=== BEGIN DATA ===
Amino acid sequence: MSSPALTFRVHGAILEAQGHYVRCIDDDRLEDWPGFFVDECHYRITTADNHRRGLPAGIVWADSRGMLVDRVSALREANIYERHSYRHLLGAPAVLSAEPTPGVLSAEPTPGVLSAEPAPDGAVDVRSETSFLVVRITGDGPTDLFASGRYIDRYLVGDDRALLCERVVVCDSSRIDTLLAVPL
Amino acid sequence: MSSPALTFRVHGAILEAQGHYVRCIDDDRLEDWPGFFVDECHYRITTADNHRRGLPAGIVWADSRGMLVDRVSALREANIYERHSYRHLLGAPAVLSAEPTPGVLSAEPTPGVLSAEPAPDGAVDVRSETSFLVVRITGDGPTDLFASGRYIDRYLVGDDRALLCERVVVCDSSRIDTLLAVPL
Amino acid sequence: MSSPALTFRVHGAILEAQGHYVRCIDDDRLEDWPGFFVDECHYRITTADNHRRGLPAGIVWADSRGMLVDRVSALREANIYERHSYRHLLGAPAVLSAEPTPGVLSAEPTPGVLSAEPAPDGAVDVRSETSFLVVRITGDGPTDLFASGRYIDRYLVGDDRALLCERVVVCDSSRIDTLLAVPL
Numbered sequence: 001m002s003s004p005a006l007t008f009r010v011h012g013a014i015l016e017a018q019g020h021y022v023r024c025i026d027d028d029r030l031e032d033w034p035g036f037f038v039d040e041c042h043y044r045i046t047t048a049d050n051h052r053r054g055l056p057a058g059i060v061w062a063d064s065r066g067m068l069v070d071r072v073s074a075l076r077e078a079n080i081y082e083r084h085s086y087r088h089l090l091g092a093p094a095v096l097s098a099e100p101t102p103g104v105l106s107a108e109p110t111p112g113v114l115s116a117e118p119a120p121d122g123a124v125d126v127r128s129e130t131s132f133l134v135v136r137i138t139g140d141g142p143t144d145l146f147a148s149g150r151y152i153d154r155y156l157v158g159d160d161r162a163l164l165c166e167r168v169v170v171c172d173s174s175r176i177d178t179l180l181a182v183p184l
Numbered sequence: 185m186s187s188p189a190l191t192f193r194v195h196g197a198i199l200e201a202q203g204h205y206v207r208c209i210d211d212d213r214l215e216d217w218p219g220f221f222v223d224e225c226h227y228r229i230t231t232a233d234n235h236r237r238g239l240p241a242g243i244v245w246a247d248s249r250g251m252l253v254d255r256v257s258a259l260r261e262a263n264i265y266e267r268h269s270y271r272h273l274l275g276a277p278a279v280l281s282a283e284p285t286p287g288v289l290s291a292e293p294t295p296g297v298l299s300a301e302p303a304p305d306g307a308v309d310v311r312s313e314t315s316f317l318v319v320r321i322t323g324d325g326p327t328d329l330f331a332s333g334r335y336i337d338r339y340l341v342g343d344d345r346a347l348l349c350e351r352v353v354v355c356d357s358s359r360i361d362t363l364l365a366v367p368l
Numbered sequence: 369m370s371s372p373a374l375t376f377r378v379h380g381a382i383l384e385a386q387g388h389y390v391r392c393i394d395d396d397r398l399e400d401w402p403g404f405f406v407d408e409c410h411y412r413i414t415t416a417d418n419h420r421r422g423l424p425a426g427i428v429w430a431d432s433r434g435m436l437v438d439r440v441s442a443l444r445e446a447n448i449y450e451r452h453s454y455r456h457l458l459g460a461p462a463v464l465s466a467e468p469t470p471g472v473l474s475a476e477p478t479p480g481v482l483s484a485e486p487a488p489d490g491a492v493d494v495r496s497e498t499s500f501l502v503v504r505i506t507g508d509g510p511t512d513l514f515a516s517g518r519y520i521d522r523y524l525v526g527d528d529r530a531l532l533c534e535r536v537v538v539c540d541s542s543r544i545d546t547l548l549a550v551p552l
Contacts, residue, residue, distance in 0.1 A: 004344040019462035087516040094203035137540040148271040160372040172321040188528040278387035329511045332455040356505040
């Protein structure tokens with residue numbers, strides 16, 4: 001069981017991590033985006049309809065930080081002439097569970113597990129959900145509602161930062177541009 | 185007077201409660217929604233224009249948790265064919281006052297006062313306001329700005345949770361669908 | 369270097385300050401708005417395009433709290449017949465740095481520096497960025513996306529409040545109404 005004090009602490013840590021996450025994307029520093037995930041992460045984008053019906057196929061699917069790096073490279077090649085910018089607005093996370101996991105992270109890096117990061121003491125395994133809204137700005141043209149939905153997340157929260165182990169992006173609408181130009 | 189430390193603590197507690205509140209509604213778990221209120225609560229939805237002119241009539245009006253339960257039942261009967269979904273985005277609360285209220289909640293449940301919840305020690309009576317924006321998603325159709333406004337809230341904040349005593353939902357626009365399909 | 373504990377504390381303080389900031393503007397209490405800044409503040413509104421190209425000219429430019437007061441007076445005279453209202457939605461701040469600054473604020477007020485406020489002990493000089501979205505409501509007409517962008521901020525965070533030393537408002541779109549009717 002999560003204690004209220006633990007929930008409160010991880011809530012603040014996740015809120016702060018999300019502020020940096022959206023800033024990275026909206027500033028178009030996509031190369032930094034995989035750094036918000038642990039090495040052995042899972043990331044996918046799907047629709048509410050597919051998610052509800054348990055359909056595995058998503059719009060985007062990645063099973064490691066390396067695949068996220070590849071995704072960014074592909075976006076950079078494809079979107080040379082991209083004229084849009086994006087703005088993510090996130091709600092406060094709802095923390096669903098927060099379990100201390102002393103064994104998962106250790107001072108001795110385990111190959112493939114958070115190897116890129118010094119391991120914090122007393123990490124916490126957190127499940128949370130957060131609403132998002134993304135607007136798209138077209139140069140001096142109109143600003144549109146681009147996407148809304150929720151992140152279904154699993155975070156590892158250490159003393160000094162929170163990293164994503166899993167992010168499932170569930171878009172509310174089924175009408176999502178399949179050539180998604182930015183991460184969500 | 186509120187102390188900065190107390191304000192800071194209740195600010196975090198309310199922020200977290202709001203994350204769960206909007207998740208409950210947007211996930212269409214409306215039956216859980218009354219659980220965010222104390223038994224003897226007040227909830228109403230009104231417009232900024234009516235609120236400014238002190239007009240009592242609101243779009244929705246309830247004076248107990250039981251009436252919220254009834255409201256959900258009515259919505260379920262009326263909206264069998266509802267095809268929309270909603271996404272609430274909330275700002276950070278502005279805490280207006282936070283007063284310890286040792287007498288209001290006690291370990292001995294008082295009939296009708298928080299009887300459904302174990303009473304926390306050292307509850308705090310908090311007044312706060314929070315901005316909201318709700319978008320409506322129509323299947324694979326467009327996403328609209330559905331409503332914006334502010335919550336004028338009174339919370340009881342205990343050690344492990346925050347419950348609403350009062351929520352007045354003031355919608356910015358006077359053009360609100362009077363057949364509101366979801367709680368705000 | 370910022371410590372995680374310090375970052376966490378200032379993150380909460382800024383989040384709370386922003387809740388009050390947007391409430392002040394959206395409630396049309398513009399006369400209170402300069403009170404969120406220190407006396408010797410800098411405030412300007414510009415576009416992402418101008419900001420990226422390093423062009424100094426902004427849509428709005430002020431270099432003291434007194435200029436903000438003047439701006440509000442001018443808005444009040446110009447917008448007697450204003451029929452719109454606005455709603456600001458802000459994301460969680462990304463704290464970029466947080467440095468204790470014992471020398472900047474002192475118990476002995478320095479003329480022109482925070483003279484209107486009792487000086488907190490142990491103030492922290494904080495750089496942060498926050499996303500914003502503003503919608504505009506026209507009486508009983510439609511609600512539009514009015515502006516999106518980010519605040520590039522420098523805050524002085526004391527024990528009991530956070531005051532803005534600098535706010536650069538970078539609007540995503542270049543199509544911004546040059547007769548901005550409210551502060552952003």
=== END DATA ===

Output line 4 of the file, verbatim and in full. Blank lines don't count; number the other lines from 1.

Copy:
Numbered sequence: 001m002s003s004p005a006l007t008f009r010v011h012g013a014i015l016e017a018q019g020h021y022v023r024c025i026d027d028d029r030l031e032d033w034p035g036f037f038v039d040e041c042h043y044r045i046t047t048a049d050n051h052r053r054g055l056p057a058g059i060v061w062a063d064s065r066g067m068l069v070d071r072v073s074a075l076r077e078a079n080i081y082e083r084h085s086y087r088h089l090l091g092a093p094a095v096l097s098a099e100p101t102p103g104v105l106s107a108e109p110t111p112g113v114l115s116a117e118p119a120p121d122g123a124v125d126v127r128s129e130t131s132f133l134v135v136r137i138t139g140d141g142p143t144d145l146f147a148s149g150r151y152i153d154r155y156l157v158g159d160d161r162a163l164l165c166e167r168v169v170v171c172d173s174s175r176i177d178t179l180l181a182v183p184l